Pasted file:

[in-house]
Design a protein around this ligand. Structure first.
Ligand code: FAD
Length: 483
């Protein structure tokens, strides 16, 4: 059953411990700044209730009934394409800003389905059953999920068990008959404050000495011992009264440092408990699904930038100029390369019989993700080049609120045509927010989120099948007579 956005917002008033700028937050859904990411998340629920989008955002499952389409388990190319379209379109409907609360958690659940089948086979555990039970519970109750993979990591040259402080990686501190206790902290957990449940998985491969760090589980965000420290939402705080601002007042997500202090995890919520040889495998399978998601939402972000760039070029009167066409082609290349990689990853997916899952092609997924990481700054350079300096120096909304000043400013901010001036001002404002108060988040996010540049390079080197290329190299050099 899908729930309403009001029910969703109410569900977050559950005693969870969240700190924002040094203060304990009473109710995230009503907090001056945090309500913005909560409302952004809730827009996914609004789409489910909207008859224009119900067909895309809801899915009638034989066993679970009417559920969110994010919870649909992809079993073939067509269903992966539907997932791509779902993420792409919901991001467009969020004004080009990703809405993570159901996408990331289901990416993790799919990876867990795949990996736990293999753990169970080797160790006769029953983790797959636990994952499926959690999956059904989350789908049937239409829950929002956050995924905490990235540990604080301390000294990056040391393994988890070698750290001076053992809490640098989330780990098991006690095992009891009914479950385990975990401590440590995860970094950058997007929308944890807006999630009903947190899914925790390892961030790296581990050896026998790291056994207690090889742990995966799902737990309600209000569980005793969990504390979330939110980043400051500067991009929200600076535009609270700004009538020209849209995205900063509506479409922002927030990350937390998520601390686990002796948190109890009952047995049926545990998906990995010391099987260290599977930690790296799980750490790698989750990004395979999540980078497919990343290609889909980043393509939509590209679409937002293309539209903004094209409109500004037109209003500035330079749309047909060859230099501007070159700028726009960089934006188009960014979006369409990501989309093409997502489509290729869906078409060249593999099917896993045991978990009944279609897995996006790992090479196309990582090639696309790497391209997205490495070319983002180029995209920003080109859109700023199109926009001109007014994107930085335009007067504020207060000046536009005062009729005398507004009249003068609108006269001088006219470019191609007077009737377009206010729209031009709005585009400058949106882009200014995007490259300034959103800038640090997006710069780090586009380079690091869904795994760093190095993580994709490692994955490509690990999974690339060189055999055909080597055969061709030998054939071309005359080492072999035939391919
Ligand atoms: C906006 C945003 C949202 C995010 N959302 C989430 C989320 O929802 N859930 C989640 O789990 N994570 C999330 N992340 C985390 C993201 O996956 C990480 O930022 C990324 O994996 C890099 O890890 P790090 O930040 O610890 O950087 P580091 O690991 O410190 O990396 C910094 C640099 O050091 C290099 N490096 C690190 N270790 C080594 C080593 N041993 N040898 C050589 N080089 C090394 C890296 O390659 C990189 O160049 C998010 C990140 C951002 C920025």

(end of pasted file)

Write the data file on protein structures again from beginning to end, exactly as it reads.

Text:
[in-house]
Design a protein around this ligand. Structure first.
Ligand code: FAD
Length: 483
């Protein structure tokens, strides 16, 4: 059953411990700044209730009934394409800003389905059953999920068990008959404050000495011992009264440092408990699904930038100029390369019989993700080049609120045509927010989120099948007579 956005917002008033700028937050859904990411998340629920989008955002499952389409388990190319379209379109409907609360958690659940089948086979555990039970519970109750993979990591040259402080990686501190206790902290957990449940998985491969760090589980965000420290939402705080601002007042997500202090995890919520040889495998399978998601939402972000760039070029009167066409082609290349990689990853997916899952092609997924990481700054350079300096120096909304000043400013901010001036001002404002108060988040996010540049390079080197290329190299050099 899908729930309403009001029910969703109410569900977050559950005693969870969240700190924002040094203060304990009473109710995230009503907090001056945090309500913005909560409302952004809730827009996914609004789409489910909207008859224009119900067909895309809801899915009638034989066993679970009417559920969110994010919870649909992809079993073939067509269903992966539907997932791509779902993420792409919901991001467009969020004004080009990703809405993570159901996408990331289901990416993790799919990876867990795949990996736990293999753990169970080797160790006769029953983790797959636990994952499926959690999956059904989350789908049937239409829950929002956050995924905490990235540990604080301390000294990056040391393994988890070698750290001076053992809490640098989330780990098991006690095992009891009914479950385990975990401590440590995860970094950058997007929308944890807006999630009903947190899914925790390892961030790296581990050896026998790291056994207690090889742990995966799902737990309600209000569980005793969990504390979330939110980043400051500067991009929200600076535009609270700004009538020209849209995205900063509506479409922002927030990350937390998520601390686990002796948190109890009952047995049926545990998906990995010391099987260290599977930690790296799980750490790698989750990004395979999540980078497919990343290609889909980043393509939509590209679409937002293309539209903004094209409109500004037109209003500035330079749309047909060859230099501007070159700028726009960089934006188009960014979006369409990501989309093409997502489509290729869906078409060249593999099917896993045991978990009944279609897995996006790992090479196309990582090639696309790497391209997205490495070319983002180029995209920003080109859109700023199109926009001109007014994107930085335009007067504020207060000046536009005062009729005398507004009249003068609108006269001088006219470019191609007077009737377009206010729209031009709005585009400058949106882009200014995007490259300034959103800038640090997006710069780090586009380079690091869904795994760093190095993580994709490692994955490509690990999974690339060189055999055909080597055969061709030998054939071309005359080492072999035939391919
Ligand atoms: C906006 C945003 C949202 C995010 N959302 C989430 C989320 O929802 N859930 C989640 O789990 N994570 C999330 N992340 C985390 C993201 O996956 C990480 O930022 C990324 O994996 C890099 O890890 P790090 O930040 O610890 O950087 P580091 O690991 O410190 O990396 C910094 C640099 O050091 C290099 N490096 C690190 N270790 C080594 C080593 N041993 N040898 C050589 N080089 C090394 C890296 O390659 C990189 O160049 C998010 C990140 C951002 C920025």